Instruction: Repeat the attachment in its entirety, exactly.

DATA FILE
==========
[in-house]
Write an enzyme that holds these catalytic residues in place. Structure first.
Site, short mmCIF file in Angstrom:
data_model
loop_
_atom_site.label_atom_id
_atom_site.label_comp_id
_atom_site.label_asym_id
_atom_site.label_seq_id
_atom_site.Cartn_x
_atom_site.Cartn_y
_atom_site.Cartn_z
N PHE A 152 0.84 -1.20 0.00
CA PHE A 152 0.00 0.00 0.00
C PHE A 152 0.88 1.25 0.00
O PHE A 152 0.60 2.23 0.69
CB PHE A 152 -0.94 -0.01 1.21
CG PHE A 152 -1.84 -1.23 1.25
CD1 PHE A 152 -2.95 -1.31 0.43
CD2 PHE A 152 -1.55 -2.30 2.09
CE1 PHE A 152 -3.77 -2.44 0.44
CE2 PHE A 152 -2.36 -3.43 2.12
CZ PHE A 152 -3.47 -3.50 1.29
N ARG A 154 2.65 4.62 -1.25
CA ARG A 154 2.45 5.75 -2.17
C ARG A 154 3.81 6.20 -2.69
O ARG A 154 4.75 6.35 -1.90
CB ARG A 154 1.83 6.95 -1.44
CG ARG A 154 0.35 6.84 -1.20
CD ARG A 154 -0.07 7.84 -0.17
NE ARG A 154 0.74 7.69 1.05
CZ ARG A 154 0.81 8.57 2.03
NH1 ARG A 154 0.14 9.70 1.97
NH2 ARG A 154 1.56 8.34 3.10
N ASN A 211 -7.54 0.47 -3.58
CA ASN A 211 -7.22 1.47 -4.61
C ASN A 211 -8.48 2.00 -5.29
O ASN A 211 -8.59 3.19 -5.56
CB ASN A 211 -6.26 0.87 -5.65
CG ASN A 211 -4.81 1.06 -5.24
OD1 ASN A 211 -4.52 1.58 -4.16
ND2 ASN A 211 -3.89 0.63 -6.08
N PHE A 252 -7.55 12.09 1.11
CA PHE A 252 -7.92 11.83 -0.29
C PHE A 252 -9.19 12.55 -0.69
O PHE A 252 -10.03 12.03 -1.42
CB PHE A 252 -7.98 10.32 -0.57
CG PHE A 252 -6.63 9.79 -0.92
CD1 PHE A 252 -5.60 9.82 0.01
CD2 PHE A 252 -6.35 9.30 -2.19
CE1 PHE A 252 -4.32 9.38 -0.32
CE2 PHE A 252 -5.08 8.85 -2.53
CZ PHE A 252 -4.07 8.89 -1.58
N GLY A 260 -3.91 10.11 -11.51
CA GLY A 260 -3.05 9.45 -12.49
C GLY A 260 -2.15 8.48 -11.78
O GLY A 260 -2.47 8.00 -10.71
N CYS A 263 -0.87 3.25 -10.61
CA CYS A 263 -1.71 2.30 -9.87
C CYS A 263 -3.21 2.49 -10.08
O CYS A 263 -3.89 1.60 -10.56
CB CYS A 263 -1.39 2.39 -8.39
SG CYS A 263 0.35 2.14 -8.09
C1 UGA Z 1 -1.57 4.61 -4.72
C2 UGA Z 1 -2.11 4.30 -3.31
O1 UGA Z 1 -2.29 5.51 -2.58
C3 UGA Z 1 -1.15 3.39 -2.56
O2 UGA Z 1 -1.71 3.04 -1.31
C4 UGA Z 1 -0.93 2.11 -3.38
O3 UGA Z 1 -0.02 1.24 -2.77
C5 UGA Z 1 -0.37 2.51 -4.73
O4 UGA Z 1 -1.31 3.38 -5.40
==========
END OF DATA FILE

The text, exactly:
[in-house]
Write an enzyme that holds these catalytic residues in place. Structure first.
Site, short mmCIF file in Angstrom:
data_model
loop_
_atom_site.label_atom_id
_atom_site.label_comp_id
_atom_site.label_asym_id
_atom_site.label_seq_id
_atom_site.Cartn_x
_atom_site.Cartn_y
_atom_site.Cartn_z
N PHE A 152 0.84 -1.20 0.00
CA PHE A 152 0.00 0.00 0.00
C PHE A 152 0.88 1.25 0.00
O PHE A 152 0.60 2.23 0.69
CB PHE A 152 -0.94 -0.01 1.21
CG PHE A 152 -1.84 -1.23 1.25
CD1 PHE A 152 -2.95 -1.31 0.43
CD2 PHE A 152 -1.55 -2.30 2.09
CE1 PHE A 152 -3.77 -2.44 0.44
CE2 PHE A 152 -2.36 -3.43 2.12
CZ PHE A 152 -3.47 -3.50 1.29
N ARG A 154 2.65 4.62 -1.25
CA ARG A 154 2.45 5.75 -2.17
C ARG A 154 3.81 6.20 -2.69
O ARG A 154 4.75 6.35 -1.90
CB ARG A 154 1.83 6.95 -1.44
CG ARG A 154 0.35 6.84 -1.20
CD ARG A 154 -0.07 7.84 -0.17
NE ARG A 154 0.74 7.69 1.05
CZ ARG A 154 0.81 8.57 2.03
NH1 ARG A 154 0.14 9.70 1.97
NH2 ARG A 154 1.56 8.34 3.10
N ASN A 211 -7.54 0.47 -3.58
CA ASN A 211 -7.22 1.47 -4.61
C ASN A 211 -8.48 2.00 -5.29
O ASN A 211 -8.59 3.19 -5.56
CB ASN A 211 -6.26 0.87 -5.65
CG ASN A 211 -4.81 1.06 -5.24
OD1 ASN A 211 -4.52 1.58 -4.16
ND2 ASN A 211 -3.89 0.63 -6.08
N PHE A 252 -7.55 12.09 1.11
CA PHE A 252 -7.92 11.83 -0.29
C PHE A 252 -9.19 12.55 -0.69
O PHE A 252 -10.03 12.03 -1.42
CB PHE A 252 -7.98 10.32 -0.57
CG PHE A 252 -6.63 9.79 -0.92
CD1 PHE A 252 -5.60 9.82 0.01
CD2 PHE A 252 -6.35 9.30 -2.19
CE1 PHE A 252 -4.32 9.38 -0.32
CE2 PHE A 252 -5.08 8.85 -2.53
CZ PHE A 252 -4.07 8.89 -1.58
N GLY A 260 -3.91 10.11 -11.51
CA GLY A 260 -3.05 9.45 -12.49
C GLY A 260 -2.15 8.48 -11.78
O GLY A 260 -2.47 8.00 -10.71
N CYS A 263 -0.87 3.25 -10.61
CA CYS A 263 -1.71 2.30 -9.87
C CYS A 263 -3.21 2.49 -10.08
O CYS A 263 -3.89 1.60 -10.56
CB CYS A 263 -1.39 2.39 -8.39
SG CYS A 263 0.35 2.14 -8.09
C1 UGA Z 1 -1.57 4.61 -4.72
C2 UGA Z 1 -2.11 4.30 -3.31
O1 UGA Z 1 -2.29 5.51 -2.58
C3 UGA Z 1 -1.15 3.39 -2.56
O2 UGA Z 1 -1.71 3.04 -1.31
C4 UGA Z 1 -0.93 2.11 -3.38
O3 UGA Z 1 -0.02 1.24 -2.77
C5 UGA Z 1 -0.37 2.51 -4.73
O4 UGA Z 1 -1.31 3.38 -5.40